The nature of the sprain may have some bearing on the continuing issues. I flat-landed a pretty big jump (actually a super-gnarly front-side boneless for those who know what that is) with my rear (right) foot up on the kick-tail instead of over the bolts. It twisted inwards and stretched the inside ligaments which is contrary to the normal rolling over on the outside of the foot.
    For the next couple of years I would favor that right (rear) foot on the bike. It was all subconscious, but I would rotate the front foot down to take the weight of any landing. Sounds good but I would actually twist the non weight-bearing ankle on any decent sized landing. I think trying to take that much impact on one leg twists your whole body, and tries to violently pull your other foot out of the clip. (This was on a 6" travel bike.)

    My recommendation is to avoid favoring your bad ankle and take any impacts on both feet equally. If you are worried I suppose you could shift your cleat a bit further back on your shoe to lessen the leverage on your ankle. Might cause some other issue though.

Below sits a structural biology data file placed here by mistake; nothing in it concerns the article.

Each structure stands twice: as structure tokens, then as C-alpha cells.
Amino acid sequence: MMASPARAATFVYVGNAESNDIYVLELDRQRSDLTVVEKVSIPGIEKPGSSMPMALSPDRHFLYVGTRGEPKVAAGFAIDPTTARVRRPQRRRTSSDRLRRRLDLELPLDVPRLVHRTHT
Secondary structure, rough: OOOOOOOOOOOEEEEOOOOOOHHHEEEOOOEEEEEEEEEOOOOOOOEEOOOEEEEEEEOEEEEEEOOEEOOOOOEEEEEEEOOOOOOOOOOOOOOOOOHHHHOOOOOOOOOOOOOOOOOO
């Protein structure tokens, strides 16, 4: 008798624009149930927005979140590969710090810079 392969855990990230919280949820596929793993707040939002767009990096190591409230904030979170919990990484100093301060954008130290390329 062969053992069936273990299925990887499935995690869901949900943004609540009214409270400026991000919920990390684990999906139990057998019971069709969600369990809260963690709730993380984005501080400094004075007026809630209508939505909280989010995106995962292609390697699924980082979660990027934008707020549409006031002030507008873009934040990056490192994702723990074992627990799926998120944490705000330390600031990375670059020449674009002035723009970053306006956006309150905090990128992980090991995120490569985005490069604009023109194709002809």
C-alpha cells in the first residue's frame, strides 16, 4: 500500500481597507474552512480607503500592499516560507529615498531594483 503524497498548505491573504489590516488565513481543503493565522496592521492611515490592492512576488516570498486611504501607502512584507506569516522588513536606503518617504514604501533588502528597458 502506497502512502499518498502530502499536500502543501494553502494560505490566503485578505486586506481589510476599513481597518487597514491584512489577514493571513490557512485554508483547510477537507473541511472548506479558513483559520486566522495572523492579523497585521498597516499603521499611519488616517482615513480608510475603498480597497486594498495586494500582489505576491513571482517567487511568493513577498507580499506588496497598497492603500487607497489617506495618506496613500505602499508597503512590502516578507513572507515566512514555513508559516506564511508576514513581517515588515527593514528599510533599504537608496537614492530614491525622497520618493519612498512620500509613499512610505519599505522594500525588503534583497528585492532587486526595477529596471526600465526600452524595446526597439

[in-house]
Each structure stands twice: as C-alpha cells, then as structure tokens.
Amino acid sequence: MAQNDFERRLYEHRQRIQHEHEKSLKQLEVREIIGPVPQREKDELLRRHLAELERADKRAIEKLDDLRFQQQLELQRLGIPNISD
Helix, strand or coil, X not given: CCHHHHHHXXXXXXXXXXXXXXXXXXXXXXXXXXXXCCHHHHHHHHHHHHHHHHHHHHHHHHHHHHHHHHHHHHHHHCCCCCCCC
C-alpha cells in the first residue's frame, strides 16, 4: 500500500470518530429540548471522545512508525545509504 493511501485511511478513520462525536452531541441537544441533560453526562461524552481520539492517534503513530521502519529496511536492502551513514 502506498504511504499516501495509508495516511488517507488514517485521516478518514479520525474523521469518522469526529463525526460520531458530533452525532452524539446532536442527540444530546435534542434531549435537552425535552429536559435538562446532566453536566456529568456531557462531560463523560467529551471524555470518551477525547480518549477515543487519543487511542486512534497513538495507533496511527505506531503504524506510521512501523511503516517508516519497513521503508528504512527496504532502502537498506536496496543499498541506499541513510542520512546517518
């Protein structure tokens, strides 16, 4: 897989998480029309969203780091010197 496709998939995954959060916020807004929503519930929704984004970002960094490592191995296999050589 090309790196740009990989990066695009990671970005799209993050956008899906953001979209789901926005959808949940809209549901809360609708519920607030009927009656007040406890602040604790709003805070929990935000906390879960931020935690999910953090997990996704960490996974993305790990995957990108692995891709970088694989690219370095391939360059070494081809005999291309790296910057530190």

Good luck.
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  12. #12
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    Quote Originally Posted by hitek79
    No, because of the free hub, you're rear foot is always the foot that's holding the front foot in place. It would take the most pressure.
    I don't think the freehub has anything to do with it. The only way the freehub resists your front foot moving down is if it is doing so fast enough to engage the freehub. Otherwise, it is offering no resistance. Yes, the back is keeping the front in place, but the front is keeping the back in place as well. Try taking your front foot off the pedal and see what the rear does.

    Assuming you maintain the cranks in a steady position as you absorb the impact, the force on each foot is the same. It is the difference in the position and mechanics of the front and back foot/ankle/leg/whatever that makes the difference in terms of how it feels and/or hurts.

    Of course, there is one exception to this: Me. I have cranks of different lengths, so the shorter one (left side, rear when I land) gets a little more force at the pedal.

  13. #13
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    i sometimes ride bmx with my friend cause he is too weak for mtn biking. haha. so on my bike if i come off a ledge i really feel it on my lead foot. sometimes i have fallen off my bike from sheer pain. cause bmx bikes have no suspension and i ride my tires at high psi. so your lead foot will most likely feel the strain. if your injured foot is your lead foot you are gunna feel pain or feel really awkward when you switch your lead foot to reduce pain.

  14. #14
    I'd rather be biking...